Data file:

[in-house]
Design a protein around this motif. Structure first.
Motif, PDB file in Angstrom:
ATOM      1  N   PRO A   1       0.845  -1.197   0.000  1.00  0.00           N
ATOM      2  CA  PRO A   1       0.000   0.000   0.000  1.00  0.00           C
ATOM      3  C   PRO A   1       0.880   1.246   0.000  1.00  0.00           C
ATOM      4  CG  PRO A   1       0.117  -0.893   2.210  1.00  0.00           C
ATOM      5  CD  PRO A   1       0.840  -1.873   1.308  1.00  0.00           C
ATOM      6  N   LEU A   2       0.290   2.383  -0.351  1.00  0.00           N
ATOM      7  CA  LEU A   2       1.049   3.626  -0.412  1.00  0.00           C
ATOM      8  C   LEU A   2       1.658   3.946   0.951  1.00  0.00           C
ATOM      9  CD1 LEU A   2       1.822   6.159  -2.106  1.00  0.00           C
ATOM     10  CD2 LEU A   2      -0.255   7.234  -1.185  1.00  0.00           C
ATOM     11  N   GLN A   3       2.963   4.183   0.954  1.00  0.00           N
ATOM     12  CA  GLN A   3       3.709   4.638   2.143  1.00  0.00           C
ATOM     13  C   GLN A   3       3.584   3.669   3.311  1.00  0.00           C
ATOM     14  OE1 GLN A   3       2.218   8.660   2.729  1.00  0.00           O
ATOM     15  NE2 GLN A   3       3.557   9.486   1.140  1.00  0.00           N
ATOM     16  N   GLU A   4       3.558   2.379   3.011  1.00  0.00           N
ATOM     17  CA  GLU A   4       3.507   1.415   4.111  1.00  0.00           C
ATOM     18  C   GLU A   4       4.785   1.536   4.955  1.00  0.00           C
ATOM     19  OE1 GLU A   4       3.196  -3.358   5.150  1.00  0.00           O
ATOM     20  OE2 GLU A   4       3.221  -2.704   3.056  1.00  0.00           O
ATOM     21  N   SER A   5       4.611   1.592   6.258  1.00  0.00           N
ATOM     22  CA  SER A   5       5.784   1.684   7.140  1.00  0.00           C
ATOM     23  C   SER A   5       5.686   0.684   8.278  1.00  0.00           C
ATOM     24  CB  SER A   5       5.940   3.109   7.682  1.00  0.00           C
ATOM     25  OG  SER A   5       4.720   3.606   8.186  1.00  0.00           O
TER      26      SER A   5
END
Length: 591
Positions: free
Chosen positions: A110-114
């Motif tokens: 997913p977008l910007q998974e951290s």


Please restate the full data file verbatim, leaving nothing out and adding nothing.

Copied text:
[in-house]
Design a protein around this motif. Structure first.
Motif, PDB file in Angstrom:
ATOM      1  N   PRO A   1       0.845  -1.197   0.000  1.00  0.00           N
ATOM      2  CA  PRO A   1       0.000   0.000   0.000  1.00  0.00           C
ATOM      3  C   PRO A   1       0.880   1.246   0.000  1.00  0.00           C
ATOM      4  CG  PRO A   1       0.117  -0.893   2.210  1.00  0.00           C
ATOM      5  CD  PRO A   1       0.840  -1.873   1.308  1.00  0.00           C
ATOM      6  N   LEU A   2       0.290   2.383  -0.351  1.00  0.00           N
ATOM      7  CA  LEU A   2       1.049   3.626  -0.412  1.00  0.00           C
ATOM      8  C   LEU A   2       1.658   3.946   0.951  1.00  0.00           C
ATOM      9  CD1 LEU A   2       1.822   6.159  -2.106  1.00  0.00           C
ATOM     10  CD2 LEU A   2      -0.255   7.234  -1.185  1.00  0.00           C
ATOM     11  N   GLN A   3       2.963   4.183   0.954  1.00  0.00           N
ATOM     12  CA  GLN A   3       3.709   4.638   2.143  1.00  0.00           C
ATOM     13  C   GLN A   3       3.584   3.669   3.311  1.00  0.00           C
ATOM     14  OE1 GLN A   3       2.218   8.660   2.729  1.00  0.00           O
ATOM     15  NE2 GLN A   3       3.557   9.486   1.140  1.00  0.00           N
ATOM     16  N   GLU A   4       3.558   2.379   3.011  1.00  0.00           N
ATOM     17  CA  GLU A   4       3.507   1.415   4.111  1.00  0.00           C
ATOM     18  C   GLU A   4       4.785   1.536   4.955  1.00  0.00           C
ATOM     19  OE1 GLU A   4       3.196  -3.358   5.150  1.00  0.00           O
ATOM     20  OE2 GLU A   4       3.221  -2.704   3.056  1.00  0.00           O
ATOM     21  N   SER A   5       4.611   1.592   6.258  1.00  0.00           N
ATOM     22  CA  SER A   5       5.784   1.684   7.140  1.00  0.00           C
ATOM     23  C   SER A   5       5.686   0.684   8.278  1.00  0.00           C
ATOM     24  CB  SER A   5       5.940   3.109   7.682  1.00  0.00           C
ATOM     25  OG  SER A   5       4.720   3.606   8.186  1.00  0.00           O
TER      26      SER A   5
END
Length: 591
Positions: free
Chosen positions: A110-114
């Motif tokens: 997913p977008l910007q998974e951290s």